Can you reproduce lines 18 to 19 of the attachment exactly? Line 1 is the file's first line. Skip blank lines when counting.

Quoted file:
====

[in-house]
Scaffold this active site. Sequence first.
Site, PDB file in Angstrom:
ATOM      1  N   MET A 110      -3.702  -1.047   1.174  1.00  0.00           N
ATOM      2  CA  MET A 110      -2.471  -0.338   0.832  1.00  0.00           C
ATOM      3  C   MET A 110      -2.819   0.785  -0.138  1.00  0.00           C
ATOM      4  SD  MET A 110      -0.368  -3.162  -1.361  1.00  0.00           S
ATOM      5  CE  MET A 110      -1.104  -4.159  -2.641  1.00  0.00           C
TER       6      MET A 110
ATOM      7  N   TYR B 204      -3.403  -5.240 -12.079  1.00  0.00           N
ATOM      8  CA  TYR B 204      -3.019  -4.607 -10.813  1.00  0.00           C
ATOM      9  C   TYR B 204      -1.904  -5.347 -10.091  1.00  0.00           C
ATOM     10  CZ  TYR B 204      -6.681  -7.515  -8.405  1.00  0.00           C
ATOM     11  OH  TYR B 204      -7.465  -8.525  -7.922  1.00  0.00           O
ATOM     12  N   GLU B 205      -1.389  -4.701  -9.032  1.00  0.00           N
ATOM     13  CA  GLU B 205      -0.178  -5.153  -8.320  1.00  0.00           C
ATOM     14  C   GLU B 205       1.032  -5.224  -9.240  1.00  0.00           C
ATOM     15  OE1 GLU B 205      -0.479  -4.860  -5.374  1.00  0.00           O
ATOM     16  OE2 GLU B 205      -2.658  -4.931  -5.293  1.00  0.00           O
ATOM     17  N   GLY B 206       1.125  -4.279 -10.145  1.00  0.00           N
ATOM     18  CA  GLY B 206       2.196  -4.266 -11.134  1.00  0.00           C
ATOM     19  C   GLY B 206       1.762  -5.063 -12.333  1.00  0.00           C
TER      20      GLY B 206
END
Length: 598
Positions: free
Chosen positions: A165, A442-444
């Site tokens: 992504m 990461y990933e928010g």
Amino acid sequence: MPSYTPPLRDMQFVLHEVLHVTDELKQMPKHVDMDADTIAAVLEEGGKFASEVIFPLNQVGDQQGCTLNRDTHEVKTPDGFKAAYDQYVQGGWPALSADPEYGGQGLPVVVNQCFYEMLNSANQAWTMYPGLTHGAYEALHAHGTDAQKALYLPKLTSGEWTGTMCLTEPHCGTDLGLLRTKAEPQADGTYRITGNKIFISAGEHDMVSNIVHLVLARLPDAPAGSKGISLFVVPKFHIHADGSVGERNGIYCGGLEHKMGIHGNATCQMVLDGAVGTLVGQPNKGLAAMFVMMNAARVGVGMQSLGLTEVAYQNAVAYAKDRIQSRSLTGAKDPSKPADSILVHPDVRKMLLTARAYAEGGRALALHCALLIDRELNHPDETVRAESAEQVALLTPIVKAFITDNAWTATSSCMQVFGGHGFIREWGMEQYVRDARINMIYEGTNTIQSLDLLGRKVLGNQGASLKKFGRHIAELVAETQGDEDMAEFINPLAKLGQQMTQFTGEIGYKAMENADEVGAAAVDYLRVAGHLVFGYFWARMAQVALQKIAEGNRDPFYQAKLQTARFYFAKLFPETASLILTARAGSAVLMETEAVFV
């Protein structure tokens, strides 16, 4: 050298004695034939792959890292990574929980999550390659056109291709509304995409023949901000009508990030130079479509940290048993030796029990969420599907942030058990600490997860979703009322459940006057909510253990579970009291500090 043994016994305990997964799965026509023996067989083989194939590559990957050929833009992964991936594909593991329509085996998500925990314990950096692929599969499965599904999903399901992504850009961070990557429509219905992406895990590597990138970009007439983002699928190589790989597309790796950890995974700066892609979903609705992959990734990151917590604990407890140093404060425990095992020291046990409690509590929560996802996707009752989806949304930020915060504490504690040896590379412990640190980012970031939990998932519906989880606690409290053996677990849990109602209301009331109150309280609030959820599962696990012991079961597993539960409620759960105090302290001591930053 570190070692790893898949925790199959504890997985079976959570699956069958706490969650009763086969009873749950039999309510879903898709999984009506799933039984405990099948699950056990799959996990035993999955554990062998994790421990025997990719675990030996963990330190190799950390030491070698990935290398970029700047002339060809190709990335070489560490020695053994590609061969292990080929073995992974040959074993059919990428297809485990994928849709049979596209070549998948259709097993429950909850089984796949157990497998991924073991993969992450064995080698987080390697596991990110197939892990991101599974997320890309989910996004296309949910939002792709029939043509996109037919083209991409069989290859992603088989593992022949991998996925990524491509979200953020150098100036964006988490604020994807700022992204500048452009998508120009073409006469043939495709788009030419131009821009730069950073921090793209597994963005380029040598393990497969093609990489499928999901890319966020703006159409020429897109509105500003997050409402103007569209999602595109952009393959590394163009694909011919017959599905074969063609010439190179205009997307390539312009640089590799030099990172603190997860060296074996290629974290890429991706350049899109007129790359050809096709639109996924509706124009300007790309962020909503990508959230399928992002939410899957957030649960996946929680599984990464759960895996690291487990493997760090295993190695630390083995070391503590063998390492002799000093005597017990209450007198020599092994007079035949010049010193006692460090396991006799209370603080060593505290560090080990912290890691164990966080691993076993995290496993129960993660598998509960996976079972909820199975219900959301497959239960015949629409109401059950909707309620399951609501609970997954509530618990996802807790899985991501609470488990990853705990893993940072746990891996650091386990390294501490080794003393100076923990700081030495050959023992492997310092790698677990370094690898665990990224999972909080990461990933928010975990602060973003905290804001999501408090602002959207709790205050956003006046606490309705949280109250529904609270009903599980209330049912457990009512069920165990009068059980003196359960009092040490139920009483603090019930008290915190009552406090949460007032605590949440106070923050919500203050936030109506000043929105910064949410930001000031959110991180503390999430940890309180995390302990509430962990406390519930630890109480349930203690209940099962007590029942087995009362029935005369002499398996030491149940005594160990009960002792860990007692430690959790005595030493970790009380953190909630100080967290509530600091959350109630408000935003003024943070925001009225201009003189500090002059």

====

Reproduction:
ATOM     15  OE1 GLU B 205      -0.479  -4.860  -5.374  1.00  0.00           O
ATOM     16  OE2 GLU B 205      -2.658  -4.931  -5.293  1.00  0.00           O